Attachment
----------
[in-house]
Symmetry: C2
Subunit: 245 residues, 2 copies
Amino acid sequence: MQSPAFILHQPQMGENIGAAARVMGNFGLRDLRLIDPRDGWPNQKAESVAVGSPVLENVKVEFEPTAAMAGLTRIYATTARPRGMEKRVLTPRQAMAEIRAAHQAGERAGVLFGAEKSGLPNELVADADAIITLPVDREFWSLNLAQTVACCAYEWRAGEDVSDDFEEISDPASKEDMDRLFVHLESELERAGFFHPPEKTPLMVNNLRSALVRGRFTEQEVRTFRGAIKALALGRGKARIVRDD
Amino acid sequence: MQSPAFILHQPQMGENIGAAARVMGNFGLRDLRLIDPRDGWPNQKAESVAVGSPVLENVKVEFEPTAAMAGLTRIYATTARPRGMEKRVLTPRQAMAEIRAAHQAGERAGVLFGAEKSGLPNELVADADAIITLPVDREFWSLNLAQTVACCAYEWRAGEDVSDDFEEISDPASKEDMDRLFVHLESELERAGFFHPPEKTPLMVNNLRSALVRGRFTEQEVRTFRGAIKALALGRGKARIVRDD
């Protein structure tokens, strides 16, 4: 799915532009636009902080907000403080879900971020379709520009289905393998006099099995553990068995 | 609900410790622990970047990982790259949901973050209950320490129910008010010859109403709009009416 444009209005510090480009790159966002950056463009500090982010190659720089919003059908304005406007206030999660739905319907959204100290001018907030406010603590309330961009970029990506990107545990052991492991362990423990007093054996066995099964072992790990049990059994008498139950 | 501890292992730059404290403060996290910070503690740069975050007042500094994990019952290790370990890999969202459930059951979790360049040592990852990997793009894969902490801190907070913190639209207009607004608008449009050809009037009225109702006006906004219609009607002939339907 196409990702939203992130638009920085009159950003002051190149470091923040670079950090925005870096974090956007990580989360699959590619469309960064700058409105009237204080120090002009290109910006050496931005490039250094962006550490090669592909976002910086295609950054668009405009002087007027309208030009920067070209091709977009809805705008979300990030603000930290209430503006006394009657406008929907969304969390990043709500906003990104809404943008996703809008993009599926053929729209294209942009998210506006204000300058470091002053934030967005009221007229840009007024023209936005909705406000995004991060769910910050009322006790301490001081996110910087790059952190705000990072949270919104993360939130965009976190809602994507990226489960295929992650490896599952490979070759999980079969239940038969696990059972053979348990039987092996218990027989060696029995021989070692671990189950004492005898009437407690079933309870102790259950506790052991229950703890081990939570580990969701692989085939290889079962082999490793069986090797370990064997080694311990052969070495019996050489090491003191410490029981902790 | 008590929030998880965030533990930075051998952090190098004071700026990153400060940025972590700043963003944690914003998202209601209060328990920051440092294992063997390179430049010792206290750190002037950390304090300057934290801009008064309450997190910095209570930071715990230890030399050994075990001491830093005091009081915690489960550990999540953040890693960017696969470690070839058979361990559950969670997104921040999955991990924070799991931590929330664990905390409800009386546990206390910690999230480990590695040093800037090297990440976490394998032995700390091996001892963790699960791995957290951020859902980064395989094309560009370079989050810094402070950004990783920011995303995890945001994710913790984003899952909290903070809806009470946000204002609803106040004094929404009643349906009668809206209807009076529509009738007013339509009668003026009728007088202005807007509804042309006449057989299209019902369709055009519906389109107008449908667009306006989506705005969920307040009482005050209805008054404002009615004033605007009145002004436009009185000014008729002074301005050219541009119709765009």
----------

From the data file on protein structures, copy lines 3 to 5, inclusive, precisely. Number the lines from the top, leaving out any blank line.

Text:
Subunit: 245 residues, 2 copies
Amino acid sequence: MQSPAFILHQPQMGENIGAAARVMGNFGLRDLRLIDPRDGWPNQKAESVAVGSPVLENVKVEFEPTAAMAGLTRIYATTARPRGMEKRVLTPRQAMAEIRAAHQAGERAGVLFGAEKSGLPNELVADADAIITLPVDREFWSLNLAQTVACCAYEWRAGEDVSDDFEEISDPASKEDMDRLFVHLESELERAGFFHPPEKTPLMVNNLRSALVRGRFTEQEVRTFRGAIKALALGRGKARIVRDD
Amino acid sequence: MQSPAFILHQPQMGENIGAAARVMGNFGLRDLRLIDPRDGWPNQKAESVAVGSPVLENVKVEFEPTAAMAGLTRIYATTARPRGMEKRVLTPRQAMAEIRAAHQAGERAGVLFGAEKSGLPNELVADADAIITLPVDREFWSLNLAQTVACCAYEWRAGEDVSDDFEEISDPASKEDMDRLFVHLESELERAGFFHPPEKTPLMVNNLRSALVRGRFTEQEVRTFRGAIKALALGRGKARIVRDD